If you are using native deeplinks to power redirects back to your application, it is absolutely critical that you use PKCE. As mentioned earlier, native deeplinks are not actually uniquely registered to a given application, so can be spoofed to steal the user’s access token. As the React Native docs put it, “deep links are not secure and you should never send any sensitive data in them.”
At Stytch, we enforce the use of PKCE for our customers across all of our two-part authentication flows – OAuth, magic links and email-based password resets – if we detect that the triggering request contains a deeplink (in other words, any protocol that isn’t http or https). (And, if you’re using our SDK for both sending and authenticating a magic link, we will take care of generating and sending the code_verifier / code_challenge for you!).
Even if you are not using native deeplinks, it’s still strongly recommended that you leverage PKCE for mobile flows or other public app use cases.
Regardless of your application type, adding PKCE to your standard OAuth flows like ““Sign in with Google” is also strongly recommended – as it adds extra security without any downsides.
As mentioned earlier, while not strictly the OAuth 2.0 authorization code flow, most implementations of email-based token auth flows, like magic links and password reset requests, can also leverage the foundations of PKCE to add additional security to their flows!
However, before you add PKCE to these flows, it’s important to call out that there are certain legitimate use cases where the link driving an email-based flow will be opened in a different context than where the link was requested – which is by design prevented by PKCE.
The most common cause of this is the use of a mobile WebView. For example, imagine a user is on the Twitter mobile app and clicks on a link to your application, opening a mobile WebView of your app, where they then request to log in via magic link. When the user goes to their email app and clicks on the magic link, they will be redirected to your application in their native mobile browser app – not the Twitter WebView they were in when they initiated the request. The browser app they end up in doesn’t know the code_verifier needed to complete the request, and as a result the user’s authentication attempt will fail.
If your application contains sensitive information and has a high risk profile, Stytch strongly recommends still using PKCE and simply asking end users to retry the request from their native mobile browser, which will allow them to both initiate and complete the flow from a consistent client.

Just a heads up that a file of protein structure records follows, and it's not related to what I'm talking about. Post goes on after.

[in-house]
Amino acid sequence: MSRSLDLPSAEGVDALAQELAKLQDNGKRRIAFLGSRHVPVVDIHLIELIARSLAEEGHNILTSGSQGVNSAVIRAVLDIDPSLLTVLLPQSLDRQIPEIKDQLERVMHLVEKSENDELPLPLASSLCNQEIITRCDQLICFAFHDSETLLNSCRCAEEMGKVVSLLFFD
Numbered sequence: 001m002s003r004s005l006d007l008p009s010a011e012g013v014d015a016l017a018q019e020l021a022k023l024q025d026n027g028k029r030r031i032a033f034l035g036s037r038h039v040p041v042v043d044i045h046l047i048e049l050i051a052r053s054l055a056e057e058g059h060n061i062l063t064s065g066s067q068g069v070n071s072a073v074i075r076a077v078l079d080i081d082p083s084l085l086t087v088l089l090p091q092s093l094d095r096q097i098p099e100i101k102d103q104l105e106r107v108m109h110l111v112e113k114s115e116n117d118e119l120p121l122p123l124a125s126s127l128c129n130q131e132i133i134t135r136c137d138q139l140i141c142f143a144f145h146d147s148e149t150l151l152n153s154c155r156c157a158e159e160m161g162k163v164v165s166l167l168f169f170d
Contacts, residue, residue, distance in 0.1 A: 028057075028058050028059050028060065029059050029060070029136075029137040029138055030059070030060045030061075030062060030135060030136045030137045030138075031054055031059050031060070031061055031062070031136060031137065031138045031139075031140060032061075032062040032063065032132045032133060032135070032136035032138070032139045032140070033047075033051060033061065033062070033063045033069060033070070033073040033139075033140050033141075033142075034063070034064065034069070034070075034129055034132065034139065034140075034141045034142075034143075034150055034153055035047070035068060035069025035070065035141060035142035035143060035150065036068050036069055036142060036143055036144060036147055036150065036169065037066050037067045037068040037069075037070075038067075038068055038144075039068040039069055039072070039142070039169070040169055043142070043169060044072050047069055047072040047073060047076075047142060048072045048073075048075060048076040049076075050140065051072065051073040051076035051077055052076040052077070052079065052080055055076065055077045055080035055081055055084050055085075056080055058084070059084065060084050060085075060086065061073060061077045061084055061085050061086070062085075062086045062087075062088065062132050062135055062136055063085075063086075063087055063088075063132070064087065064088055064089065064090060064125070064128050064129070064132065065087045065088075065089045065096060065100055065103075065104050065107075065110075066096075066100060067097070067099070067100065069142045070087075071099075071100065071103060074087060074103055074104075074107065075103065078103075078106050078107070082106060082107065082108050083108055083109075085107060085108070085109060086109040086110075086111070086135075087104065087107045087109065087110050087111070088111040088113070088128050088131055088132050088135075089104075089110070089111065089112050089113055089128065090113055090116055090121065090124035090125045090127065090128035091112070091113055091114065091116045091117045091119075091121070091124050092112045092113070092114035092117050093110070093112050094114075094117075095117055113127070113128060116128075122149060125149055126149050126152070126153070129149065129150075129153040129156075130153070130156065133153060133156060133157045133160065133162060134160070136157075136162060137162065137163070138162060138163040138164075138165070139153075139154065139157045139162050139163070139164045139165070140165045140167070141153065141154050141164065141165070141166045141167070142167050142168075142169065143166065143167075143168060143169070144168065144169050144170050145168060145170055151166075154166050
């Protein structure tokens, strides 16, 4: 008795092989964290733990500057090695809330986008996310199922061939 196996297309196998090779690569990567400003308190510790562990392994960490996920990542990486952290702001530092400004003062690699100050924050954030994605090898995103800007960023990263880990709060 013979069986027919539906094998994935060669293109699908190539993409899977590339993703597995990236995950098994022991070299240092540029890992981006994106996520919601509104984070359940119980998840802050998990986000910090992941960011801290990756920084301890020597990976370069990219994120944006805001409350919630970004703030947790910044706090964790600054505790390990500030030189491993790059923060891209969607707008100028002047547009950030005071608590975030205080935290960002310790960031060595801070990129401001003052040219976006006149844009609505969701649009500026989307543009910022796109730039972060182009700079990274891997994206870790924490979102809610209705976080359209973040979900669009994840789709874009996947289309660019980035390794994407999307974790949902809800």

For applications without sensitive content, and whose users will often be interacting with the app via another app’s mobile WebView (e.g. news publications, eCommerce sites) PKCE might not be the right fit for your web implementation. In this case, we recommend adding a secondary auth factor such as SMS or WebAuthn for additional security. You can read more details on best practices for adding PKCE to magic link login flows in the Stytch docs.
Depending on your research, you may have also heard reference to the OAuth 2.0 implicit flow being used for public apps – and at this point, you might be thinking it sounds a lot more straightforward than the PKCE protected authorization code flow.
You’d be correct – it is simpler, but it’s also incredibly insecure and essentially should be considered deprecated as a protocol. The implicit flow solved the lack of secrets in public apps by simply cutting out the whole authorization code exchange, and just directly returning the access_token as a URL fragment of the authorization redirect. This exposes the access token to all sorts of vulnerabilities and for any modern application that supports cross-origin requests (CORS) there is no reason to choose the implicit flow over the more secure authorization code flow combined with PKCE.
If you have a public client (mobile, serverless or single-page), PKCE is an absolute necessity, particularly if you use native deeplinking. However, PKCE can also help strengthen the security of private clients, and at Stytch we strongly recommend adding it to any authorization code flowin order to provide maximum protection for both you and your customers.